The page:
Ex-con who claimed to be missing boy to plead guilty in Ohio: documents

By Brendan O’Brien

(Reuters) – A former convict who drew national attention last year when he claimed to be an Illinois teen who went missing in 2011 after his mother killed herself has agreed to plead guilty, court papers showed.

Brian Rini, 24, of Medina, Ohio, was charged in federal court in Cincinnati in April with lying to federal agents after he told authorities in Newport, Kentucky, that he was missing teen Timmothy Pitzen and that he had escaped from an eight-year ordeal at the hands of sex traffickers.

Pitzen was last seen in May 2011 when he was 6 years old.

Details of the plea agreement were sealed when it was entered into the court on Monday, according to online case records. Rini faces up to eight years in prison if found guilty.

U.S. prosecutor Kyle Healey who is trying the case and Rini’s attorney Richard Monahan, a public defender, were unavailable for comment.

A status conference in the case was scheduled for Wednesday.

Rini’s claim that he was Pitzen was debunked after DNA test results conducted at the Cincinnati Children’s Hospital confirmed he was not the long-lost boy from Aurora, Illinois.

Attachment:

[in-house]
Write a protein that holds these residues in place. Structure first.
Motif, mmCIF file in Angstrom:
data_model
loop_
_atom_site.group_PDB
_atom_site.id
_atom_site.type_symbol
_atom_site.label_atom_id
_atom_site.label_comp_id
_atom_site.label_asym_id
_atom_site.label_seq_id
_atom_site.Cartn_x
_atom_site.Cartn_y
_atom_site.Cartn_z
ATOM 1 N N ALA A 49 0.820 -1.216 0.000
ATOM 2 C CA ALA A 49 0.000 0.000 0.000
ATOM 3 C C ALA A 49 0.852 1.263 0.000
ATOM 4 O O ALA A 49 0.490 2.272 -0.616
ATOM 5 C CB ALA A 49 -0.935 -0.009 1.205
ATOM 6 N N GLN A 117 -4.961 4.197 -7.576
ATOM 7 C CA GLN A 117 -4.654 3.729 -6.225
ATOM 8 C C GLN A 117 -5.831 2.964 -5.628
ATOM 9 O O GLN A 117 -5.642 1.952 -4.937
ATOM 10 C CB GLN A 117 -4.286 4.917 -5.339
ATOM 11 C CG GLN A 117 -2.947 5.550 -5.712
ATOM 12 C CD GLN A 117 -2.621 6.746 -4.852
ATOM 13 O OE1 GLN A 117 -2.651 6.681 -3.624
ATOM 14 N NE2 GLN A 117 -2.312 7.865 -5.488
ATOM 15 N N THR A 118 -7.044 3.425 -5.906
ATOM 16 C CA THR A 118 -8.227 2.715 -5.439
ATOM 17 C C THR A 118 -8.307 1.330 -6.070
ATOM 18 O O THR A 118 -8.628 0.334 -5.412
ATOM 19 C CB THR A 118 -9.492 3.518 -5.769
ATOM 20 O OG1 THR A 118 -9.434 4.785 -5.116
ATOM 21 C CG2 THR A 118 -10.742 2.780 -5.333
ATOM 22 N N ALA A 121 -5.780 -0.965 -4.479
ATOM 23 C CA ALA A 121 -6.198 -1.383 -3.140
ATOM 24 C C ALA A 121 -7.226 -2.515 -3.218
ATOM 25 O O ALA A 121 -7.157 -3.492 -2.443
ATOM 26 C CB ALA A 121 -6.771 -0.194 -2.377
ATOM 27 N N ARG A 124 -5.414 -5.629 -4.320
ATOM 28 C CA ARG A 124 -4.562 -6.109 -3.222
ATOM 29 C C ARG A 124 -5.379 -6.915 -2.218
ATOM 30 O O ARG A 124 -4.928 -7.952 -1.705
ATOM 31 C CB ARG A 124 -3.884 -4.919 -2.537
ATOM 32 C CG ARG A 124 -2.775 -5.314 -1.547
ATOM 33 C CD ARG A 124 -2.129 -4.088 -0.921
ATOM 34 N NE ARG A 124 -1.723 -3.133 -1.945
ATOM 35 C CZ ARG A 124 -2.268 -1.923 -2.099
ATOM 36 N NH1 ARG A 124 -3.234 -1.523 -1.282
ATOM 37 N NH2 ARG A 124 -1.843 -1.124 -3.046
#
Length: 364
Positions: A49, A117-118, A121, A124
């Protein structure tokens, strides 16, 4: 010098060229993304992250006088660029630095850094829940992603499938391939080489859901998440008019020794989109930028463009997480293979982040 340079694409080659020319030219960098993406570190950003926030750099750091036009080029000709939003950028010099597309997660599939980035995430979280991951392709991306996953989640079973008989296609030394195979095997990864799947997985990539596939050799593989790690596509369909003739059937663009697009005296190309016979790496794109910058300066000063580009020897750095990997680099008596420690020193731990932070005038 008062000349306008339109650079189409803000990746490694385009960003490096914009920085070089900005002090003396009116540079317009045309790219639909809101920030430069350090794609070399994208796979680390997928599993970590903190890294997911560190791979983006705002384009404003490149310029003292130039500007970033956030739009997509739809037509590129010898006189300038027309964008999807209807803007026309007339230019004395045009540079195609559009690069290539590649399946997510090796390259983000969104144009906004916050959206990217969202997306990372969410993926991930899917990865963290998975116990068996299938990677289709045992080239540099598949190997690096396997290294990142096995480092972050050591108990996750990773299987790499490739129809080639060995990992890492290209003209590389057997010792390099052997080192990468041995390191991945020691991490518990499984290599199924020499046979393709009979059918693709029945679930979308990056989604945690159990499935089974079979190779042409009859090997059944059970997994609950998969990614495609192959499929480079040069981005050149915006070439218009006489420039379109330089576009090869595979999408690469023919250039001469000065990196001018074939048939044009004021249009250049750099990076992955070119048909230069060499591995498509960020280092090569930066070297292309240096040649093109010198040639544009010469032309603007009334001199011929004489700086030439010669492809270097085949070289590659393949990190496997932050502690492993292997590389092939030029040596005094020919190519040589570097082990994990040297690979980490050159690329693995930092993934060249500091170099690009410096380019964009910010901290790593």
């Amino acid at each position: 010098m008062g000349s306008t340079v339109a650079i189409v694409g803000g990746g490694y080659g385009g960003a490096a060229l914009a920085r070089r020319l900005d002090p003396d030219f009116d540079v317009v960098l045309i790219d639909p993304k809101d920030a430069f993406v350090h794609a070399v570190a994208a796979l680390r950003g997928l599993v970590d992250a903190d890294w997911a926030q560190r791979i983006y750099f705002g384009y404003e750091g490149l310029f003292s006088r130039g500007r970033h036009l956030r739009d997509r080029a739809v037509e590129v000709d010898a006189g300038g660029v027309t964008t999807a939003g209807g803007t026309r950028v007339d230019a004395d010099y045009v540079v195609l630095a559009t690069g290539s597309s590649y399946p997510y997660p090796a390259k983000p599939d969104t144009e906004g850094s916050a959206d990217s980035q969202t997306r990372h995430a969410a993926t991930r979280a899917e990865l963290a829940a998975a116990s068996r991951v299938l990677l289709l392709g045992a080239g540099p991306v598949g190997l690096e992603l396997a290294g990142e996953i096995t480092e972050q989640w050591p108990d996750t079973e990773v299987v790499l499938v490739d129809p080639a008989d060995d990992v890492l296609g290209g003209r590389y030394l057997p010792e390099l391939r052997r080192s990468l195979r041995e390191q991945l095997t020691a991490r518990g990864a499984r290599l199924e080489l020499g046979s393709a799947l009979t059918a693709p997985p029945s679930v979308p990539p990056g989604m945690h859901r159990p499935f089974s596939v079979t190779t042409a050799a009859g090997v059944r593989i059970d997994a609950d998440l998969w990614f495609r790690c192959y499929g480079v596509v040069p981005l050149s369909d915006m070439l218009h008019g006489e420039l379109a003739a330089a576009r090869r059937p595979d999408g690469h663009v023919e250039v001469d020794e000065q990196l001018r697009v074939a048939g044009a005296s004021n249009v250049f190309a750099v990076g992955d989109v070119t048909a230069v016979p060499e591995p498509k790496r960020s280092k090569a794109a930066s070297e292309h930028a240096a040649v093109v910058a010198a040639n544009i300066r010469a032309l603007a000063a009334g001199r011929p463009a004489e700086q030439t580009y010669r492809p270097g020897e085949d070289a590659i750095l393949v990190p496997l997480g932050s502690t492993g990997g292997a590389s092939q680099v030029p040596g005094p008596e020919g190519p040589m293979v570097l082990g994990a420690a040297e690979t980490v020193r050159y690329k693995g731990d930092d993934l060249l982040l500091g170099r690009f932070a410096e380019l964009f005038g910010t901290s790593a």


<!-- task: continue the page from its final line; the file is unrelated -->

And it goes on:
After confessing that he was not Pitzen, Rini told federal agents he had heard about the missing boy’s case on the ABC television program “20/20” and wanted to get away from his own family, according to court documents.

Rini had twice before claimed to be a child sex-trafficking victim, federal prosecutors said. He was released from Ohio’s Belmont Correctional Institution on March 7 where he had been serving 14 months for burglary and vandalism, according to public records.

Pitzen’s case has stumped authorities since he disappeared in May 2011. The boy was last seen with his mother, who pulled him out of school in Aurora, a far-west suburb of Chicago, took him on a trip to a zoo and a water park, and then took her own life in a motel room, leaving behind a cryptic note on her son’s whereabouts.

(Reporting by Brendan O’Brien in Chicago; Editing by Leslie Adler)